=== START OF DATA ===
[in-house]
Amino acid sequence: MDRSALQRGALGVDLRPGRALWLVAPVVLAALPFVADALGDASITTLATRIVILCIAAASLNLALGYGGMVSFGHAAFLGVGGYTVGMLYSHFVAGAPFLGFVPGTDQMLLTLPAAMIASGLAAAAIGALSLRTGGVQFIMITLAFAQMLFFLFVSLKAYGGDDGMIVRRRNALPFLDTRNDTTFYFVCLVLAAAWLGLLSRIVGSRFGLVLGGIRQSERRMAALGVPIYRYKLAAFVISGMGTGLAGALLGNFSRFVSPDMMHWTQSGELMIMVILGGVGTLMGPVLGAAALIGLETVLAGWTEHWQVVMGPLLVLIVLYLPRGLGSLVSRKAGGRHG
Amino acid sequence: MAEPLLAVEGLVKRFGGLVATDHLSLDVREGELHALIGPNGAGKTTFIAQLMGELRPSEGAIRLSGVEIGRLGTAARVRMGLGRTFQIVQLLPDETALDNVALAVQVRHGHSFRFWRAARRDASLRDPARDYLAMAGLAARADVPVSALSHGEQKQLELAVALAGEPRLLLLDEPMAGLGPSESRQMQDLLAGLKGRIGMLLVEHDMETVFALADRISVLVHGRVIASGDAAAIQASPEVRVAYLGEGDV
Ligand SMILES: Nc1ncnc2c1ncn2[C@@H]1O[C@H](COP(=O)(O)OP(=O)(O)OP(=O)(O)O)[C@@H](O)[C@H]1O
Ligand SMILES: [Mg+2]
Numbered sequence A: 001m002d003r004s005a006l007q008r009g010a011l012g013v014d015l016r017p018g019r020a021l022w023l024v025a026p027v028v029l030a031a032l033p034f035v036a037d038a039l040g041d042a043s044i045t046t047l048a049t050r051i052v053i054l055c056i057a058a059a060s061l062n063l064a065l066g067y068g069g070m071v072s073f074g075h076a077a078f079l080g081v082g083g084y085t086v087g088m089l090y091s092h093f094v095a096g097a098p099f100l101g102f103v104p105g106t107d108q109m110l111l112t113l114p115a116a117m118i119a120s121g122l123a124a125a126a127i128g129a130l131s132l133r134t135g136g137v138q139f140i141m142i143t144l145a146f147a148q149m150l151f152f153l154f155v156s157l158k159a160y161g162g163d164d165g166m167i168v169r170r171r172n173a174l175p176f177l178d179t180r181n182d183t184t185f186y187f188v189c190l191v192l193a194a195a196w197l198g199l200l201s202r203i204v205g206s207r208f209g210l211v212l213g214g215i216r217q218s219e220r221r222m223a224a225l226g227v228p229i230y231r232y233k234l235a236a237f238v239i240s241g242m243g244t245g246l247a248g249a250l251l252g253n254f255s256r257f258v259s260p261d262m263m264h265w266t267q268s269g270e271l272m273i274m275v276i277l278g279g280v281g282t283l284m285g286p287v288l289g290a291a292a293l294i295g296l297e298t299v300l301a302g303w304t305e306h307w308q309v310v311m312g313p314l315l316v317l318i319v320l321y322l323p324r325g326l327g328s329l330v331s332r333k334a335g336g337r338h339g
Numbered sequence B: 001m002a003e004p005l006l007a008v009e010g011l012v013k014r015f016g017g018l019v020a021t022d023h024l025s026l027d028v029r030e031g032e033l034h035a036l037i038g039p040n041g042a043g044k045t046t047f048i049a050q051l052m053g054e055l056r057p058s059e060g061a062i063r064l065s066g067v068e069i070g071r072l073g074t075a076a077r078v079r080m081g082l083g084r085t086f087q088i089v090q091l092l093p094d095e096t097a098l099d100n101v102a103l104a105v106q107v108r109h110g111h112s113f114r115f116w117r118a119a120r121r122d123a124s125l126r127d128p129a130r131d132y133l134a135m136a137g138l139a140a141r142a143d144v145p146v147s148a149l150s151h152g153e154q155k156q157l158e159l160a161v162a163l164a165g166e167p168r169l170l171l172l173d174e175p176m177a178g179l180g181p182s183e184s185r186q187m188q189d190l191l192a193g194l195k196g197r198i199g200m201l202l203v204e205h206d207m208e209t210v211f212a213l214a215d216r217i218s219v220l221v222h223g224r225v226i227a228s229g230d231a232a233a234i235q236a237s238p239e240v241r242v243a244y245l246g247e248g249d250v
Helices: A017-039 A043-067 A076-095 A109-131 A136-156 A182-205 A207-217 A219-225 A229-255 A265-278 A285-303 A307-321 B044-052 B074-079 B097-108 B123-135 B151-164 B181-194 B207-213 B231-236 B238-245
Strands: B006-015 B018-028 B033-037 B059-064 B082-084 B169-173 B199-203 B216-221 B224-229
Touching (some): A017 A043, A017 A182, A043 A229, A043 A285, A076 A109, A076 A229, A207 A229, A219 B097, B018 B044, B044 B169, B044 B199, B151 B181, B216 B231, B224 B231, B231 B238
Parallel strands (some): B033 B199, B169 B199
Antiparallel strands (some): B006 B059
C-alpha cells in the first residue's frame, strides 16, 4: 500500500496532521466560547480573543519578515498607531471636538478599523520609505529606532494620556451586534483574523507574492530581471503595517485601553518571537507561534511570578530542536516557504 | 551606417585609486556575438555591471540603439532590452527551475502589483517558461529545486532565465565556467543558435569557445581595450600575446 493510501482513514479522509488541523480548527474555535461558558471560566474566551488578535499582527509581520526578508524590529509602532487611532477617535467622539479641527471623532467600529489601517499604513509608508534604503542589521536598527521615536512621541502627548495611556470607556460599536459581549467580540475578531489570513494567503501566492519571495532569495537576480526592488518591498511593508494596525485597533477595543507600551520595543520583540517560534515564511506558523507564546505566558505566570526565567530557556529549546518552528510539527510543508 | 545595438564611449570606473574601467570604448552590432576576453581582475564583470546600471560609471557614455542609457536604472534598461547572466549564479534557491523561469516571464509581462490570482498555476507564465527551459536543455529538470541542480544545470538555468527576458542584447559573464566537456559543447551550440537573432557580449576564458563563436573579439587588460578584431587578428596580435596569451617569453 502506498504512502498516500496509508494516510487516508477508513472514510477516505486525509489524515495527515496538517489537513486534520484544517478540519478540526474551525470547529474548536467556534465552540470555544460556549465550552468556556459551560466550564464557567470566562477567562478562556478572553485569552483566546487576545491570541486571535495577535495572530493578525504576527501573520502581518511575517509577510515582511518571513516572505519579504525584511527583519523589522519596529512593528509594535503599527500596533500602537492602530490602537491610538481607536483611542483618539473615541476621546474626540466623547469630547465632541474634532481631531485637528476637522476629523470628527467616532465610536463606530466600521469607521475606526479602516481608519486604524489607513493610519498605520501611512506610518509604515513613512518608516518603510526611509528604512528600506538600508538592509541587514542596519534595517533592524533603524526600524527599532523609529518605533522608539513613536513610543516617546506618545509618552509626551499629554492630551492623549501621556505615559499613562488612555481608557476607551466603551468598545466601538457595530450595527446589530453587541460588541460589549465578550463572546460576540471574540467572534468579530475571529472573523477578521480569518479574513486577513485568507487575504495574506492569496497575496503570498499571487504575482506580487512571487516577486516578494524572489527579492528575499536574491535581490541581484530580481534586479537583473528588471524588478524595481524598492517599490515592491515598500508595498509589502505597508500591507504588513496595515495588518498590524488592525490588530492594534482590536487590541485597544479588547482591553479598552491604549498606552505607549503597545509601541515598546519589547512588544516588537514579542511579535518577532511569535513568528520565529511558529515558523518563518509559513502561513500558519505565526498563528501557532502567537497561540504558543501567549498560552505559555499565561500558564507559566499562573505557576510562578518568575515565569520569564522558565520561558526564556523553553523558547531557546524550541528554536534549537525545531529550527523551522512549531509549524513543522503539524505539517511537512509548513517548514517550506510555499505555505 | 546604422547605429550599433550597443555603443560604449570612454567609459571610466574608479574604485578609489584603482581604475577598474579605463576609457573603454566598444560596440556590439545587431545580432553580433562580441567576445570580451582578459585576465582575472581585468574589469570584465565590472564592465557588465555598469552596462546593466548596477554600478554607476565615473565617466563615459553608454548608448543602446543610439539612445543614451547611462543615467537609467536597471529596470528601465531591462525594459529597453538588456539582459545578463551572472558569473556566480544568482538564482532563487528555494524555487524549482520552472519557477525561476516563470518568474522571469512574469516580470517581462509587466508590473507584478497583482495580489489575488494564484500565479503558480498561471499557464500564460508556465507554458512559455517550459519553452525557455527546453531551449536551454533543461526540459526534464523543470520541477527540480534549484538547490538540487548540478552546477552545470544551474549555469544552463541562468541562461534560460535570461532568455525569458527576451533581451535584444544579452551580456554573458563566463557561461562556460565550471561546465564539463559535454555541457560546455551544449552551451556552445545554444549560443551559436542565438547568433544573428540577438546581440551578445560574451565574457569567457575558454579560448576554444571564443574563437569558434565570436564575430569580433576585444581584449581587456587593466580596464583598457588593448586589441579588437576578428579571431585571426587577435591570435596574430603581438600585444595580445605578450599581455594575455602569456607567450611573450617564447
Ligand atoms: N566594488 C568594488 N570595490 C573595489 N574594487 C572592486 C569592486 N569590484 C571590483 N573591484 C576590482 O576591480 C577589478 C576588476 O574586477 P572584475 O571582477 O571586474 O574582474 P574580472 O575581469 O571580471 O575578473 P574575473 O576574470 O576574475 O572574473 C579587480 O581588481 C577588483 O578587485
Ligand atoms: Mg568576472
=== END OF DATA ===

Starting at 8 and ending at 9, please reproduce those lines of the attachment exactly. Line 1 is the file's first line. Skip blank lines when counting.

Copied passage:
Helices: A017-039 A043-067 A076-095 A109-131 A136-156 A182-205 A207-217 A219-225 A229-255 A265-278 A285-303 A307-321 B044-052 B074-079 B097-108 B123-135 B151-164 B181-194 B207-213 B231-236 B238-245
Strands: B006-015 B018-028 B033-037 B059-064 B082-084 B169-173 B199-203 B216-221 B224-229